I recently watched a BBC documentary with Julian Fellows proclaiming that the attendance of Royalty at the show signified just how close to the people the King and Queen had become, how much they felt a kinship with their subjects and how greatly they enjoyed it when Vesta Tilley appeared on the stage. They didn’t. It may have been a good piece of public relations, but when Vesta Tilly appeared on stage, in her male attire and began to sing, Queen Alexandria was so shocked that she turned her face away and ordered the entire court to do the same. If anything, this single moment signifies just how great the social divide still was between the monarchy and the attitudes and beliefs of the common people. But here they all were, brought together under the banner of the music halls.
So what happened to the music halls? Where did this brilliantly inclusive and entertaining for of theatre seem to die out? Traditionalist historians say it was with the advent of the First World War, and the combined threat of cinema and radio. Revision historians disagree, the halls evolved to incorporate both these new forms of media, creating ‘cine-variety shows’ and live performances on the BBC. Throughout the 1920s and 1930s new music halls were still being built and acts achieving international success. It is clear though, that the one threat it could not survive was television. Even ‘Saturday Night At The London Palladium’ became the last vestige of a dying art form. One of the most poignant films to capture this sense of loss was by one of the most famous stars of the music halls. Charlie Chaplin’s Limelight, (1952), has an overwhelming ache for times gone by, and performances past.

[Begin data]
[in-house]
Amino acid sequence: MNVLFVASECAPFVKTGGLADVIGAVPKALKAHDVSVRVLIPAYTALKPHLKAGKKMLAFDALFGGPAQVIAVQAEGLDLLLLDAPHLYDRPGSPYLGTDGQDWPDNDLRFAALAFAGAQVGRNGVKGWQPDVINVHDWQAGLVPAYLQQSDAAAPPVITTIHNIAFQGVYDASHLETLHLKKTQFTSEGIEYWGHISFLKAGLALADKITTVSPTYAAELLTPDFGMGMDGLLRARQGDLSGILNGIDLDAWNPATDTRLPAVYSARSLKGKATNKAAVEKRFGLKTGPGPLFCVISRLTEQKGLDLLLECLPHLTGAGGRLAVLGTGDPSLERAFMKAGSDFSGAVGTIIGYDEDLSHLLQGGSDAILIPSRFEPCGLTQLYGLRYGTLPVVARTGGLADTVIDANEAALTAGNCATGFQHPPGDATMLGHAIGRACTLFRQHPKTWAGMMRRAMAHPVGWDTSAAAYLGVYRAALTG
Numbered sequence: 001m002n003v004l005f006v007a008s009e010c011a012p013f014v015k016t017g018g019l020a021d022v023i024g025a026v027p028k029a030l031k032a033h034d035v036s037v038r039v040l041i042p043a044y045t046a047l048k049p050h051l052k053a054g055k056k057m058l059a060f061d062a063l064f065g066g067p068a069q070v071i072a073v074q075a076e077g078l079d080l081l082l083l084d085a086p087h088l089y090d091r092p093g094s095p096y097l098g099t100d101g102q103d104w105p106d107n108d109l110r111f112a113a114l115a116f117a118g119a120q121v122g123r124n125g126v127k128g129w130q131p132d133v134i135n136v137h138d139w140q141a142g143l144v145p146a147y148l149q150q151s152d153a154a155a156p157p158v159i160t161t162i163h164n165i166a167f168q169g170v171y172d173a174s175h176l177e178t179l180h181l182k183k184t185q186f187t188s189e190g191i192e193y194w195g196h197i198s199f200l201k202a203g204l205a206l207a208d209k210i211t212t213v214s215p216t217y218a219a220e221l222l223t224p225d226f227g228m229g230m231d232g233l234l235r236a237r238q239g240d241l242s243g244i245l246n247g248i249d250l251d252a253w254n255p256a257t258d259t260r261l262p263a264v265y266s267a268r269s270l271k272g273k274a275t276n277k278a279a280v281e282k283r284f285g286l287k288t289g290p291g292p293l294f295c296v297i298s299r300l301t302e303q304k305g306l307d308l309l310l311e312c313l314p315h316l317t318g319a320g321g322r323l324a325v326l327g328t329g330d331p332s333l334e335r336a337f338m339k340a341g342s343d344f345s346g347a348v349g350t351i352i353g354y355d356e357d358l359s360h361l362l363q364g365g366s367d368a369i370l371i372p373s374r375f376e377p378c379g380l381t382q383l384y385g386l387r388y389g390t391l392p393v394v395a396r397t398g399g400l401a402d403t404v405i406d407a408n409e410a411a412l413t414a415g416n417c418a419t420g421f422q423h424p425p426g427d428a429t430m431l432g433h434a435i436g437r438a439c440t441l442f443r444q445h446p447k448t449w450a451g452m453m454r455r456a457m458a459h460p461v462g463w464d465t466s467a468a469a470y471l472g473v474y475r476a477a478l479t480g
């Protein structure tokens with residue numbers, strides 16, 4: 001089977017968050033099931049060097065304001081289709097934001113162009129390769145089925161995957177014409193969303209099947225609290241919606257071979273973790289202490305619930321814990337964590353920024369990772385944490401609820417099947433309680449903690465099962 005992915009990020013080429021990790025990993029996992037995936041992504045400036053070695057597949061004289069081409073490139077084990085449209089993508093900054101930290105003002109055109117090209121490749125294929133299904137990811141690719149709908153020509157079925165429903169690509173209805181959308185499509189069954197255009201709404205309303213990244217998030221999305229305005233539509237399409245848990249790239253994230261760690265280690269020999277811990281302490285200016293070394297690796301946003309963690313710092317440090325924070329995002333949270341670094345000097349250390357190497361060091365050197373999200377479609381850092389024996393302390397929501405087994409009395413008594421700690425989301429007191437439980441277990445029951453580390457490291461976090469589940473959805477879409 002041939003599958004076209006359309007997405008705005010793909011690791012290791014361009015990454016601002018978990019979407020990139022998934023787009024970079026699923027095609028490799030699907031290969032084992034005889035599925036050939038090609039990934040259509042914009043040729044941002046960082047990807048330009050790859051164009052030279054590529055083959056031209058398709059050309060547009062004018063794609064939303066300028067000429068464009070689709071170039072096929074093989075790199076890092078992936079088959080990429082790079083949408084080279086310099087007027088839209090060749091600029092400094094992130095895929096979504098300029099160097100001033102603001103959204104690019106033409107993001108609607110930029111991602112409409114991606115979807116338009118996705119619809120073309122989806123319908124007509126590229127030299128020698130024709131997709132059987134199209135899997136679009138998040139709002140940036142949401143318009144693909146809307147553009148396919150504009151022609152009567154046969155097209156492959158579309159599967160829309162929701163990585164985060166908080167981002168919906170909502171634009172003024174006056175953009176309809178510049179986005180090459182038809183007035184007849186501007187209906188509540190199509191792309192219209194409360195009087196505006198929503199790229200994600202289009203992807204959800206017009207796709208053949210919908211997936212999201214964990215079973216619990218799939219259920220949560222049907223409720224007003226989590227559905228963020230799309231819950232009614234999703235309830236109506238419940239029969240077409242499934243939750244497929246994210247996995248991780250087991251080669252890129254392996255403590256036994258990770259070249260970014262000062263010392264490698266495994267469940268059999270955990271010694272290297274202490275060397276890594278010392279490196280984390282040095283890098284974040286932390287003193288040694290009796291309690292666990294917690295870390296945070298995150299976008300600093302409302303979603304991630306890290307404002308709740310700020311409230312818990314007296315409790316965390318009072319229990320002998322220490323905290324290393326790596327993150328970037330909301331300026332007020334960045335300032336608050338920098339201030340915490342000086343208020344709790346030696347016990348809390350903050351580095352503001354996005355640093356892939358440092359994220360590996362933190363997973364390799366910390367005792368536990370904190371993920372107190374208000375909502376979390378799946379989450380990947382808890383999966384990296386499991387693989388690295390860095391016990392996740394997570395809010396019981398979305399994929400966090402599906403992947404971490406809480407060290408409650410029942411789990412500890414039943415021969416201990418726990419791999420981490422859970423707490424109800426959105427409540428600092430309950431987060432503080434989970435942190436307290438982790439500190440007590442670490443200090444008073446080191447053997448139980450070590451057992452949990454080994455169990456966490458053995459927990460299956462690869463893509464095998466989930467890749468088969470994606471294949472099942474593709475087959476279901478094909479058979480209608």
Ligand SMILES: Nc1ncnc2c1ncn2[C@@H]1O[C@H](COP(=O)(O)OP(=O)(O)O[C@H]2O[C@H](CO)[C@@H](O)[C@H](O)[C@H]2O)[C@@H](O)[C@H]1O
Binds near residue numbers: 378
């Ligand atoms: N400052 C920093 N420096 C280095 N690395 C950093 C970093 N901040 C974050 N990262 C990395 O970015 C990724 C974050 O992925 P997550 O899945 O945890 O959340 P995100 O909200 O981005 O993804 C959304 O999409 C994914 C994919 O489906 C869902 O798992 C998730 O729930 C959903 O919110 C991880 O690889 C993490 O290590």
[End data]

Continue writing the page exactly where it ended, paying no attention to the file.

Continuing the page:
Charlie Chaplin's 1952 film 'Limelight'
So there you are, a brief history of the music halls. And this is just the short version; I haven’t talked about the prostitutes, the serial killers, the spies, the alcohol or any of the other equally fascinating and exciting parts of its history. There isn’t enough time to cover everything. But the next time you hear a stand up comedian, or watch a new avant-garde comic duo, remember that without the music halls, they would never have existed. The legacy of the halls echoes through time, and deserves far more attention than we currently seem to give.
Fern Riddell is a PhD Student exploring Religion, Sexuality and Crime in
's Music Halls from 1850 - 1939. Follow
her on Twitter @FernRiddell and for more on the curiosities of Victorian
entertainment get yourself over to her blog at viceandvirtue.posterous.com (some content may not be suitable for those of a
stereotypical ‘Victorian’ constitution!) London